If a digital product does not expire, why do you want to buy it at a discount?

Software is not food (maybe food for thought?).  There is no expiration date, no loss if it’s not consumed today.  There is infinite space on the shelves of our internet to stock all the software you would ever need, with no loss whatsoever.  So why discounting software products?

Ending the discount

We’re a small and independent company with a huge interest in our craft.  We’re able to offer a great experience to a limited amount of customers.  We think it’s impossible to scale the team and the numbers of customers while maintaining the same focus and care.

The prices of the WordPress industry are set in a race to the bottom.  And while the cost of building products is increasing, their average price is steadily going down, shifting the focus on a mass adoption of barely good-enough products.

For our own sanity, we could not stomach not aiming for the best products we are capable of crafting.  We aim to find the right customers willing to pay a fair price for our work.  That’s a healthy relationship we’re willing to put more energy and enthusiasm into, in the long run.

Our overall marketing strategy is far from being focused on discounts, but we ran an annual sales campaign for the past two years.  While it made financial sense, it doesn’t sit right with our goals and dreams.

Not being in alignment with our values and how we want to do business, we decided to stop making any sales campaigns in the future.

There is no reason to raise or lower prices depending on the time of the year.  The software and the experience are the same all year round.  So should be our prices.

The true cost of discount is “care”

There’s nothing wrong, in the absolute, to get a better price for a certain product or buy it at a reduced rate.  The context in which this happens is what matters.

We’re living in times where support for small businesses is paramount to their health and optimal performance.  Profits are smaller, competition is harder, and most of the money seems to pour into ever-larger pockets, draining the small ones.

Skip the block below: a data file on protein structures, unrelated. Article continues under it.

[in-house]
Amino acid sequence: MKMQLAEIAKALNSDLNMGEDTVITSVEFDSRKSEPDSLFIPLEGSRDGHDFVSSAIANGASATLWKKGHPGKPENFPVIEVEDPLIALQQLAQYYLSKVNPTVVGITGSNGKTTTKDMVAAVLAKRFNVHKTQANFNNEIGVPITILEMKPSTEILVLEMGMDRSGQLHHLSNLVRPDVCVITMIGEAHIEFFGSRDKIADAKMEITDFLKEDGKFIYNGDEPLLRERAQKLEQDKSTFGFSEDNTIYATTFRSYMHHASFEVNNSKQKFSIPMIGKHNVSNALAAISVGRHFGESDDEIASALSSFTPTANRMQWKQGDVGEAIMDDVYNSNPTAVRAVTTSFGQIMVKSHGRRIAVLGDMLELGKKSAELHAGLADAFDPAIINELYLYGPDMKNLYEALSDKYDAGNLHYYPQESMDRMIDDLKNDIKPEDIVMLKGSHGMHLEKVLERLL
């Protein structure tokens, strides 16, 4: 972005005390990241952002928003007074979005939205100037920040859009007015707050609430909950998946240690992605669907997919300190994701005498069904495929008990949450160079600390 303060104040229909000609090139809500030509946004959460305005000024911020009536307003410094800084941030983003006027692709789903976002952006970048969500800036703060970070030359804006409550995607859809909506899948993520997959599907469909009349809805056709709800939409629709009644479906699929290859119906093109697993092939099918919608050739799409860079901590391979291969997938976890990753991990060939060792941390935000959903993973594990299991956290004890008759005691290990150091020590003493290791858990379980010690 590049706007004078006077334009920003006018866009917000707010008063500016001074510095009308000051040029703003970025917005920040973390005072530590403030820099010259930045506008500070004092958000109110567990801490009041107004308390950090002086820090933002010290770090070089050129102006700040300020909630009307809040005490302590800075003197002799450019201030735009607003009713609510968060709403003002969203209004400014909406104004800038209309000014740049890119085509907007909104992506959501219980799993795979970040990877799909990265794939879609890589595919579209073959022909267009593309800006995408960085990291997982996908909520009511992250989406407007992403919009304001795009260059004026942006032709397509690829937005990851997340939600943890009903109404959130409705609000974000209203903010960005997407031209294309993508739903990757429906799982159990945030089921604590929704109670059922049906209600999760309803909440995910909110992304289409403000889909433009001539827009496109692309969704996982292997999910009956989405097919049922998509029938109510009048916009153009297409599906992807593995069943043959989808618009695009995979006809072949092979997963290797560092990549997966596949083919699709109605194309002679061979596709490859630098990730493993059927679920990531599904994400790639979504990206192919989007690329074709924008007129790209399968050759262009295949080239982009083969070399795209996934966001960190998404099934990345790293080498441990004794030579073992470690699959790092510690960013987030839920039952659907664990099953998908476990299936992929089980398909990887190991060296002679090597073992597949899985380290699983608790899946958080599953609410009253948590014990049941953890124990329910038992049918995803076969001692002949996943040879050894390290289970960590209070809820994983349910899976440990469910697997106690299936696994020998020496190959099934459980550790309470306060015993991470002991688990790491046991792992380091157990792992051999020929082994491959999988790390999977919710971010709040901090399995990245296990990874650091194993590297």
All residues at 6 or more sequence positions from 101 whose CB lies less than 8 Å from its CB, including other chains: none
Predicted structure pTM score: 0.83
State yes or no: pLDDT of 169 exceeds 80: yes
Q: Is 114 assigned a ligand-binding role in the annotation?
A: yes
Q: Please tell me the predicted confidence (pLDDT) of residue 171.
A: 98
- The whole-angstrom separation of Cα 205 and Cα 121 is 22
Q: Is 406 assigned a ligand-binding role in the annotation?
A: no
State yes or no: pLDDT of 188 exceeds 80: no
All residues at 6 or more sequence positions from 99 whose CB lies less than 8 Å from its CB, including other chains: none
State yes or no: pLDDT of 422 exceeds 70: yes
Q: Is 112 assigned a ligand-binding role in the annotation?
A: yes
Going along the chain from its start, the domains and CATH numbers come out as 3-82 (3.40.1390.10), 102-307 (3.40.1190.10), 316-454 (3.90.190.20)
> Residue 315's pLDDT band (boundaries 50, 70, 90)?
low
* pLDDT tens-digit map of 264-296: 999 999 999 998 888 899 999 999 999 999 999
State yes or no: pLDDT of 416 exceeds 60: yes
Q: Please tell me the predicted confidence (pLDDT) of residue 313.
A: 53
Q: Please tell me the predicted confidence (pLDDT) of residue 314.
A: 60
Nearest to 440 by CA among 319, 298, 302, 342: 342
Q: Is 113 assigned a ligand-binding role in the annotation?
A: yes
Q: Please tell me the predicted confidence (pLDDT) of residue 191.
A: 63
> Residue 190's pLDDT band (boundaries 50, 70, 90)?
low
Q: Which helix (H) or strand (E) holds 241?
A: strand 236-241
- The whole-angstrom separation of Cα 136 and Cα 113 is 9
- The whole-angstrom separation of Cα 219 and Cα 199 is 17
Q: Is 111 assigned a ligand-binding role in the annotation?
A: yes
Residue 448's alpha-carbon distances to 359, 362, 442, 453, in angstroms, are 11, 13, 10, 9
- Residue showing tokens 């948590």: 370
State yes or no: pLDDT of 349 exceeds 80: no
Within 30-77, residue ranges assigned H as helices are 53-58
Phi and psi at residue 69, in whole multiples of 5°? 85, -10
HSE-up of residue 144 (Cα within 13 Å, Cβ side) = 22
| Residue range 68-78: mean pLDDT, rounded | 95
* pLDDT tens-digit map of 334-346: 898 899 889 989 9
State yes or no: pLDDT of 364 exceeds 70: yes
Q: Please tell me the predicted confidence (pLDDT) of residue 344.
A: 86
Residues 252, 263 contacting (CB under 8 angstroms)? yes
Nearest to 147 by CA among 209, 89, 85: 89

Getting products or services from independent makers at a discount doesn’t do them any favors, in the long run. It just distorts their sense of reality and risks derailing their efforts.  If you care about them and want to show your support, make your good intentions matter and don’t squeeze them even further. Everyone will win, in the long run.

Escape the psychological trap and try to make reason the basis of everything you buy.  Once you’ve found the partners to invest your trust in, pay them their fair price — you trust them after all, right?  You could take it one step further and remind those around you why this is important.  Everyone will win, in the long run.


Discounting a product for a limited time is a most basic trick designed to whip up pressure where it should be none, and “gently” push you into making a quick decision out fear of missing out.

We dare to steer clear of this strategy and start a different movement that will challenge the status quo and bring back what we once had: a more rational and conscious mind to make decisions with.

Have a balanced and sane time, knowing that when you need our products or services, they’ll always be at the same price.

About the Author - George